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Pro-Lifers Cheer Major Pharmacy's Decision About Dispensing the Abortion Pill

Charlie Neibergall

While pro-life advocates had much cause for celebration when the Supreme Court voted to overturn Roe v. Wade in June, the battle to defend innocent human life was far from over. Contrary to how the left portrayed the ruling, the decision simply kicked the issue back to the states to decide. But there was another issue pro-life proponents had to contend with: the surge in women seeking out the abortion pill—a trend that was taking place even before the June 24 ruling was handed down. 

According to the pro-abortion Guttmacher Institute, over half of the abortions in the U.S. were from the abortion pill in 2020, a figure that's only expected to grow and which makes it the most popular form of abortion in the country. 

In response, 20 GOP attorneys general wrote to major pharmacies last month threatening legal action if they dispense the abortion pill in their states. Only one so far—the country's second-largest pharmacy chain, Walgreens—confirmed Thursday it is not dispensing the abortion pill, even in states where it's legal, due to the unsettled policy landscape. 

The company told POLITICO that it has since responded to all the officials, assuring them that they will not dispense abortion pills either by mail or at their brick-and-mortar locations in those states.

The list includes several states where abortion in general, and the medications specifically, remain legal — including Alaska, Iowa, Kansas and Montana. For example, Kansas’ law that patients only obtain the pills directly from a physician is blocked in court.

“There is currently complexity around this issue in Kansas and elsewhere,” said Fraser Engerman, Walgreens’ senior director of external relations. (POLITICO)

In its letter responding to Kansas Attorney General Kris Kobach, Walgreens also noted that it is "not currently dispensing Mifepristone in any of its locations."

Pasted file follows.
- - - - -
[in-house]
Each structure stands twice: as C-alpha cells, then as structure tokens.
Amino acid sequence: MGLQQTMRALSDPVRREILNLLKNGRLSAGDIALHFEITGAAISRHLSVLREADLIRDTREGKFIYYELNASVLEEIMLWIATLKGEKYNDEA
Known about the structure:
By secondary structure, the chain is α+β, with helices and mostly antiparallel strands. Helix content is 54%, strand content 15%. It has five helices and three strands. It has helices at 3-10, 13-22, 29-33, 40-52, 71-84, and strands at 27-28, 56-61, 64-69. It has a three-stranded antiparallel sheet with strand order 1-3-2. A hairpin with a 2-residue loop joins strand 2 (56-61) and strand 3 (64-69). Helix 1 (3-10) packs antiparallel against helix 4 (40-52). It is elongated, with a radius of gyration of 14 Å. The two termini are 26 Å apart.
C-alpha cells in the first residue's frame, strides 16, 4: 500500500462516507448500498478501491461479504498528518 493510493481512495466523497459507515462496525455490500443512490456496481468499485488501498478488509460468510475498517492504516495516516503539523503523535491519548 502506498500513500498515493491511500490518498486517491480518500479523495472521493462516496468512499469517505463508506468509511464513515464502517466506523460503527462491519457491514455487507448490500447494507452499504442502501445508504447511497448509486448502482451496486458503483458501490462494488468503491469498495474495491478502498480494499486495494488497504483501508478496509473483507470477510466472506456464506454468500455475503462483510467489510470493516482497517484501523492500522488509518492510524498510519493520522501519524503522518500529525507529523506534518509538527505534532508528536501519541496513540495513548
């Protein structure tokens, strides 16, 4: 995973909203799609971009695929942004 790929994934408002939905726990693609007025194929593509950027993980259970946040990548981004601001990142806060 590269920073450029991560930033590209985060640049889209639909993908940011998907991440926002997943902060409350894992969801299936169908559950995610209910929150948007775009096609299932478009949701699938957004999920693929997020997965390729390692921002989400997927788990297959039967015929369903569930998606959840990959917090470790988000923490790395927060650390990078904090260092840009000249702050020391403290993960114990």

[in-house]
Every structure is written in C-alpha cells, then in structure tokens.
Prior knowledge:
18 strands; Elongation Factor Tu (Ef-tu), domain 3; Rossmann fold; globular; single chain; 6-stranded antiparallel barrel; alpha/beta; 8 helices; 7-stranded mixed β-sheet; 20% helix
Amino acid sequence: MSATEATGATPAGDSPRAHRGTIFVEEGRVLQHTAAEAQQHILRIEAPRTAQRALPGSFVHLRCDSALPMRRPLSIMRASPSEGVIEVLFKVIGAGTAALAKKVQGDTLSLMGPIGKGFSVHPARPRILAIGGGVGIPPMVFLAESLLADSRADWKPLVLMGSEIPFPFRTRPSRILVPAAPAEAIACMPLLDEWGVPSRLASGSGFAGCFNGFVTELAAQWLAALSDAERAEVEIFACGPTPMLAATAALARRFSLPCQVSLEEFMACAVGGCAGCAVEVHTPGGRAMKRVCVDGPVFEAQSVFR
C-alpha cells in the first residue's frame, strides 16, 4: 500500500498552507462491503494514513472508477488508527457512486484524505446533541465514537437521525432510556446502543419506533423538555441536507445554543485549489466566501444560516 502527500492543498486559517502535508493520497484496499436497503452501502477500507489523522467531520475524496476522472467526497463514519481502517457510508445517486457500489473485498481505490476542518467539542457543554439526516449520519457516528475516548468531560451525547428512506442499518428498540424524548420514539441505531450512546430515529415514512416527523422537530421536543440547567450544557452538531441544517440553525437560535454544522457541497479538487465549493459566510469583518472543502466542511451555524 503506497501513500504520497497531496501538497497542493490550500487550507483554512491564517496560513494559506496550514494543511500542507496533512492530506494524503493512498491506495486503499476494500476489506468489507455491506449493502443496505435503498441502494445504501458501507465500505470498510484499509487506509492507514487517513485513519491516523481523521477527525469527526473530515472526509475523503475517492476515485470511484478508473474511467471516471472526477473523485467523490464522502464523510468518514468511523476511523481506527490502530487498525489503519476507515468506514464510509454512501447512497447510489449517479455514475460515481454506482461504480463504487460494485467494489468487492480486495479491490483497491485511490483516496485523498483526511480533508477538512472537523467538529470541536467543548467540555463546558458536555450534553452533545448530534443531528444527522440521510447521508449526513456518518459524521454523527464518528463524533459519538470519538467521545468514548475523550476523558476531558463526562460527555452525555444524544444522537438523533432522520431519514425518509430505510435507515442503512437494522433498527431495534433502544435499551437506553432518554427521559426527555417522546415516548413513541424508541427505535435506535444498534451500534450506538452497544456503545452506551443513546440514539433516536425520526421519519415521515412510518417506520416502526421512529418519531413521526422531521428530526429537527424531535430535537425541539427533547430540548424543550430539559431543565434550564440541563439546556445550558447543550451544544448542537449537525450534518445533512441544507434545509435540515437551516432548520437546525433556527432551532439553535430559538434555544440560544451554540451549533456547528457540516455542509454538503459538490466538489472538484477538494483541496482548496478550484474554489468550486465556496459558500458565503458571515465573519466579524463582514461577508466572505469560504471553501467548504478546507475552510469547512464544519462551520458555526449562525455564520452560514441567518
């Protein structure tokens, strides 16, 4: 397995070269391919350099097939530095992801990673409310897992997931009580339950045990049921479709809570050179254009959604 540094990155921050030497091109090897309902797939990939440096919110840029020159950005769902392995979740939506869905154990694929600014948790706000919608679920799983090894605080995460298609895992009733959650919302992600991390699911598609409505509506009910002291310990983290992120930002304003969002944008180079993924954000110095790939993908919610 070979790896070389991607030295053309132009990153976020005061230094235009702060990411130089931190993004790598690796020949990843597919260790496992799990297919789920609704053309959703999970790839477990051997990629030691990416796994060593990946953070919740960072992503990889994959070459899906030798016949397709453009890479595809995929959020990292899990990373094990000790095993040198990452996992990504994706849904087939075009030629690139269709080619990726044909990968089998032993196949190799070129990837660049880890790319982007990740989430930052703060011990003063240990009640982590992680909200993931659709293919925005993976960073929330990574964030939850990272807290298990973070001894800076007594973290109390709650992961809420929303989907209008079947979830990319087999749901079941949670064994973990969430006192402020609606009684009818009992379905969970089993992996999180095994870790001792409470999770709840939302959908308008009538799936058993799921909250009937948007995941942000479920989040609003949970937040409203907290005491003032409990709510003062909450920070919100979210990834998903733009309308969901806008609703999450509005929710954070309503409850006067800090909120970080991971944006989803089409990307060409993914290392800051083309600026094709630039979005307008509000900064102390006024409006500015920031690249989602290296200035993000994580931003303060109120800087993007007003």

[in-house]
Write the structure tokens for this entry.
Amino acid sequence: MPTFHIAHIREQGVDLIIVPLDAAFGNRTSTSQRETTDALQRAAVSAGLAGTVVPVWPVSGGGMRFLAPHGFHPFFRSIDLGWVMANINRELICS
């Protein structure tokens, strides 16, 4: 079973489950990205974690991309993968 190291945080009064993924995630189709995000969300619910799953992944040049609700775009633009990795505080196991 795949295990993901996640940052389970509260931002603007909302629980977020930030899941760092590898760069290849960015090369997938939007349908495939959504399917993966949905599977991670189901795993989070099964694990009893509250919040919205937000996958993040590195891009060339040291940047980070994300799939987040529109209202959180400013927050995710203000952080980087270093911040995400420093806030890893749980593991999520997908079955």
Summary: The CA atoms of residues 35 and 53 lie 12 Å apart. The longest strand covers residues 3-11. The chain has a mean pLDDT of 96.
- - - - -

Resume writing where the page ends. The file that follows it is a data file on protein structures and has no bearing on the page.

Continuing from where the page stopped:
Walgreens is seeking certification to distribute the abortion pills from the Food and Drug Administration, however, but only in states "where it is legal to do so if we are certified." 

Kobach reacted to the decision. 

"In my letter to Walgreens, we made clear that Kansas will not hesitate to enforce the laws against mailing and dispensing abortion pills, including bringing a RICO action to enforce the federal law prohibiting the mailing of abortion pills," he said. "Evidently, Walgreens understood that my office was serious about this. I'm grateful that Walgreens responded quickly and reasonably and intends to comply with the relevant laws." 

The Biden administration moved in January to allow retail pharmacies to dispense the pills — part of a broader push to preserve and expand access to abortion as more states passed bans on the procedure. That decision followed a multiyear analysis by the FDA that found the pills were safe and effective to use without a doctor’s visit, a conclusion state attorneys general and anti-abortion groups are challenging in court.

Following the release of the FDA’s analysis, several chain pharmacies swiftly announced they would participate, but only in states that hadn’t banned or restricted access to the pills.

The group of Republican attorneys general, who argue that the Biden administration is misinterpreting the laws around mailing and dispensing abortion pills, also wrote to CVS, Albertsons, Rite Aid, Costco, Walmart and Kroger demanding they, too, refuse to dispense the medication. (POLITICO)

 Pro-life leaders praised Walgreens' decision. 

"This response indicates that pro-life concerns are being heard and that corporations are not rushing to take over the abortion business but are proceeding cautiously," said Students for Life spokesperson Kristi Hamrick. 

Live Action's Lila Rose, meanwhile, called it "great news." "After weeks of the pro-life movement protesting, Walgreens is backing down from distributing the lethal abortion pill in several states. Drugs that kill children don't belong in neighborhood pharmacies," she tweeted. "Keep the pressure on." 


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